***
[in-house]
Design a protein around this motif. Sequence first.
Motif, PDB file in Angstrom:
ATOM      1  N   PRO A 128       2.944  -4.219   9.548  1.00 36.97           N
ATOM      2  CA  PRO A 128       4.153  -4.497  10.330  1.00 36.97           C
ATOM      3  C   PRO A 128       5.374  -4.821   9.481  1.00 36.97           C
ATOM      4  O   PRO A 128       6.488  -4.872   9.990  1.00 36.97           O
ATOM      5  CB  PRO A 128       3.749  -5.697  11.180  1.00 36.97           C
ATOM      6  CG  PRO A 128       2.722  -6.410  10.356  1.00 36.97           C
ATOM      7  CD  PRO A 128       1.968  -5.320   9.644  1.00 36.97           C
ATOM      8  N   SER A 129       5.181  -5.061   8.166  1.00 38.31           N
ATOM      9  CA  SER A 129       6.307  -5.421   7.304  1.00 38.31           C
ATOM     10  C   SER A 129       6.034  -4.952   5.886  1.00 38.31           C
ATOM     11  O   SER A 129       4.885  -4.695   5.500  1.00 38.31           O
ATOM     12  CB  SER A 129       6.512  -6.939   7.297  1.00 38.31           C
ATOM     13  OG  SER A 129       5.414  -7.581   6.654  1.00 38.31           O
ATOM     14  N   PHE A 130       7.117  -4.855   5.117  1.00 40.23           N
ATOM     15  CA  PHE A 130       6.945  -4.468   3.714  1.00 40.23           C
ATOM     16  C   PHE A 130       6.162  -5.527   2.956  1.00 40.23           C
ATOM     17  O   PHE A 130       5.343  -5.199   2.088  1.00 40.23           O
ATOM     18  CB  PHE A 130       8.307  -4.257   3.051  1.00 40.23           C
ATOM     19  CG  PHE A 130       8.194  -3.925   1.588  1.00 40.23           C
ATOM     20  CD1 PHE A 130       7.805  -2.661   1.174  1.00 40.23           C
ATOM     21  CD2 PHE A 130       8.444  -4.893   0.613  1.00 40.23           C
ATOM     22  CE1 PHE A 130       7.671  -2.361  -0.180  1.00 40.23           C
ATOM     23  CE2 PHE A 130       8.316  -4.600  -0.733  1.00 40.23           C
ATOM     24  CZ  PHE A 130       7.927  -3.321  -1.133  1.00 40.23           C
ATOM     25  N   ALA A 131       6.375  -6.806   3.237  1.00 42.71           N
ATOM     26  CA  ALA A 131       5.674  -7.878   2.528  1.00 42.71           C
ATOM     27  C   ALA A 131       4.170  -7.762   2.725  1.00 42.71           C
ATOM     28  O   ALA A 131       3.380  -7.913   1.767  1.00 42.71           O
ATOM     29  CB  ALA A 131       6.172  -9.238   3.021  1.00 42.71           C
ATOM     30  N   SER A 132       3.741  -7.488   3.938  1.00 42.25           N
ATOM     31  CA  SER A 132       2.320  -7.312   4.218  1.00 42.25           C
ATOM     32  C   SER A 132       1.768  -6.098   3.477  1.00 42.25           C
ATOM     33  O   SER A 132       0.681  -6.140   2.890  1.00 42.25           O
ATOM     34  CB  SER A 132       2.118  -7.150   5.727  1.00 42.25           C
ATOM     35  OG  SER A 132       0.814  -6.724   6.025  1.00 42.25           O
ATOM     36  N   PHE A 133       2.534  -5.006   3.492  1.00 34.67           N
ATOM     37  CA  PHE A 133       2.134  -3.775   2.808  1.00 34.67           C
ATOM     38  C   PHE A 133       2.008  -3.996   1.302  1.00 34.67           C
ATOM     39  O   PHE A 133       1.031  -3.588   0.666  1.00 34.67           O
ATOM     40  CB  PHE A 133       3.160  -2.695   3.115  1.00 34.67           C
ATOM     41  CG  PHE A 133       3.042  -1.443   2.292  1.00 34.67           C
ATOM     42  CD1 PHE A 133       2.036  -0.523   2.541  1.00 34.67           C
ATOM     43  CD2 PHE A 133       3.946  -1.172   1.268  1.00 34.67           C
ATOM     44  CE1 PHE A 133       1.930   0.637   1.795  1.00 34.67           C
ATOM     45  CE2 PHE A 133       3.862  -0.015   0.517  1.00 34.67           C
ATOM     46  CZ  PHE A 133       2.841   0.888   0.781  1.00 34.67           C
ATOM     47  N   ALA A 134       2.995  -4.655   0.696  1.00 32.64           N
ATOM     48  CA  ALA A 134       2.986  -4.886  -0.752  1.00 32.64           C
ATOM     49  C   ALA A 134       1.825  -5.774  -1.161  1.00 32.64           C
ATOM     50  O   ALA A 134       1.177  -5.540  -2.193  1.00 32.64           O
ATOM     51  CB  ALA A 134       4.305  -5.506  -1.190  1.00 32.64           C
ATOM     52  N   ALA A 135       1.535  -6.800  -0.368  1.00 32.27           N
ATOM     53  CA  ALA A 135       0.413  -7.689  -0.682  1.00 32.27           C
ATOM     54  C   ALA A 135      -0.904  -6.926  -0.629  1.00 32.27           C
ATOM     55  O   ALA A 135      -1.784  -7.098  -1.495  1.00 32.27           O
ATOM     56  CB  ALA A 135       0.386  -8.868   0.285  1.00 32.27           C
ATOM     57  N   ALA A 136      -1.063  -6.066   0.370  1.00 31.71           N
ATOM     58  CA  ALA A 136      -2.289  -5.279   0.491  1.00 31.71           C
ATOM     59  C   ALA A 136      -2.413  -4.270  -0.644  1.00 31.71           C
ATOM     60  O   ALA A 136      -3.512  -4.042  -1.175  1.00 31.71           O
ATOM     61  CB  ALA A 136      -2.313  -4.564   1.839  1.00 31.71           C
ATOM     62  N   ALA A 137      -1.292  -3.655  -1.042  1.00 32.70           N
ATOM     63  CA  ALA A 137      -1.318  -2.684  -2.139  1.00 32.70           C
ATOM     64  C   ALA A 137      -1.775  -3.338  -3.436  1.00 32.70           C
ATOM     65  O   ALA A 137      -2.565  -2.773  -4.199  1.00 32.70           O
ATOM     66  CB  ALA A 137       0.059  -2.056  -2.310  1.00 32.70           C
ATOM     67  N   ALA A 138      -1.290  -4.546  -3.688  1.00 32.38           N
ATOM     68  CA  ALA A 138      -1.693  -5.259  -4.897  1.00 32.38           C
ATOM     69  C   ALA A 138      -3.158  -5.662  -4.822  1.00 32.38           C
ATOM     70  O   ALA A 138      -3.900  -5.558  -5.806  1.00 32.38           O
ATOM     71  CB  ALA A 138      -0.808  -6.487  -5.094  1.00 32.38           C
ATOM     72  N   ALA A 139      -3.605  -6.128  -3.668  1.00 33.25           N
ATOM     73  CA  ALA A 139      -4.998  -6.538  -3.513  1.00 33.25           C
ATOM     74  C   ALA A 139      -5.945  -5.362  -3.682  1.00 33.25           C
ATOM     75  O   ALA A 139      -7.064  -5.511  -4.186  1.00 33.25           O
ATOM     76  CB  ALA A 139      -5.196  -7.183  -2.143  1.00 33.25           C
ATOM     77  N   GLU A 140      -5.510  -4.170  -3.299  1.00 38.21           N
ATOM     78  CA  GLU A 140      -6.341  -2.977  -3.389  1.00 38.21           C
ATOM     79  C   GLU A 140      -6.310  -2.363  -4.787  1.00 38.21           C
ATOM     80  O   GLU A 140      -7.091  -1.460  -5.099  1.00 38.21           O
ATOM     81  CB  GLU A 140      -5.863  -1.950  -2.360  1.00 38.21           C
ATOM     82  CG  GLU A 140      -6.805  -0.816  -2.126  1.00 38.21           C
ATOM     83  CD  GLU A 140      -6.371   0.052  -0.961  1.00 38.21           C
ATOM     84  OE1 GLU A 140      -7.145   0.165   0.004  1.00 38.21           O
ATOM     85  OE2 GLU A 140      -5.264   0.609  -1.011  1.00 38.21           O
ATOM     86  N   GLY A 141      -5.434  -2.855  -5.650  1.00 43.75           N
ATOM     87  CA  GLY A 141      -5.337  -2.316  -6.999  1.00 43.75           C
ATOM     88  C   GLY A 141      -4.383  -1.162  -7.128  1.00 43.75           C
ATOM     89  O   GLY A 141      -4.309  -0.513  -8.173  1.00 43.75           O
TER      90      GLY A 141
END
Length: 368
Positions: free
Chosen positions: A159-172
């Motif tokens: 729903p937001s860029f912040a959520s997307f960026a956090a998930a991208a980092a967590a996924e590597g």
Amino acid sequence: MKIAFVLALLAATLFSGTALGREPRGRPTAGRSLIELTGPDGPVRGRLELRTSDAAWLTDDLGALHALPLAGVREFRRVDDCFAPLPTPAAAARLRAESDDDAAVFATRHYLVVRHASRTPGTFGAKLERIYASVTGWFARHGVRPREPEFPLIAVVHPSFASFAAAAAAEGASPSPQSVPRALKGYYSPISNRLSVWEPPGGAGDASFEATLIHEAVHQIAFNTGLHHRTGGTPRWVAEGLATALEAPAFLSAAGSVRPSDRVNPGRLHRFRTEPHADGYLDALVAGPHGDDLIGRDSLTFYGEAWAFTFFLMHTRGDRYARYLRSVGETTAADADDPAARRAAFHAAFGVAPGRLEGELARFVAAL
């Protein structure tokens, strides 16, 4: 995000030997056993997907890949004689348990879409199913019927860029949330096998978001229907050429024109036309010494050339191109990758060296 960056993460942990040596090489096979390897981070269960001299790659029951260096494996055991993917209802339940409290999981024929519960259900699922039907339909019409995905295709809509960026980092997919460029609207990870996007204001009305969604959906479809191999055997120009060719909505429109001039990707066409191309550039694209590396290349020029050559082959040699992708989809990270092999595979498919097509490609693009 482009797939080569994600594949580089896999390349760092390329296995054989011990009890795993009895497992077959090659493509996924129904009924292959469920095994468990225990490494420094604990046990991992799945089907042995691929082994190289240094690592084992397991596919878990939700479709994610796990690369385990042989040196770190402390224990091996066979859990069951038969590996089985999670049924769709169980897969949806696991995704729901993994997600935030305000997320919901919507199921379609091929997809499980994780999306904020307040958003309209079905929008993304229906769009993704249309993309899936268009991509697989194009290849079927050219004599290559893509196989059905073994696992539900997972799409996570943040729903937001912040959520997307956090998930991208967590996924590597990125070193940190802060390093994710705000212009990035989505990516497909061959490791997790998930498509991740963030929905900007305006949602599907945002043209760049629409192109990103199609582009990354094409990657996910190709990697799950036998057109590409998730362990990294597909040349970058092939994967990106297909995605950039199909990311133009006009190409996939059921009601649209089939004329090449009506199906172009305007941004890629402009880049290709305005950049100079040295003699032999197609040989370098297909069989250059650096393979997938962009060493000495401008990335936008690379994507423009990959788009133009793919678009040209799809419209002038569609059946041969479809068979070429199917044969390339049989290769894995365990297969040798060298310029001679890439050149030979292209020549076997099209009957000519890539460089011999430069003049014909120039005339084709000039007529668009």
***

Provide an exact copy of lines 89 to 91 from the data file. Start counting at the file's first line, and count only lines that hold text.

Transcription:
ATOM     86  N   GLY A 141      -5.434  -2.855  -5.650  1.00 43.75           N
ATOM     87  CA  GLY A 141      -5.337  -2.316  -6.999  1.00 43.75           C
ATOM     88  C   GLY A 141      -4.383  -1.162  -7.128  1.00 43.75           C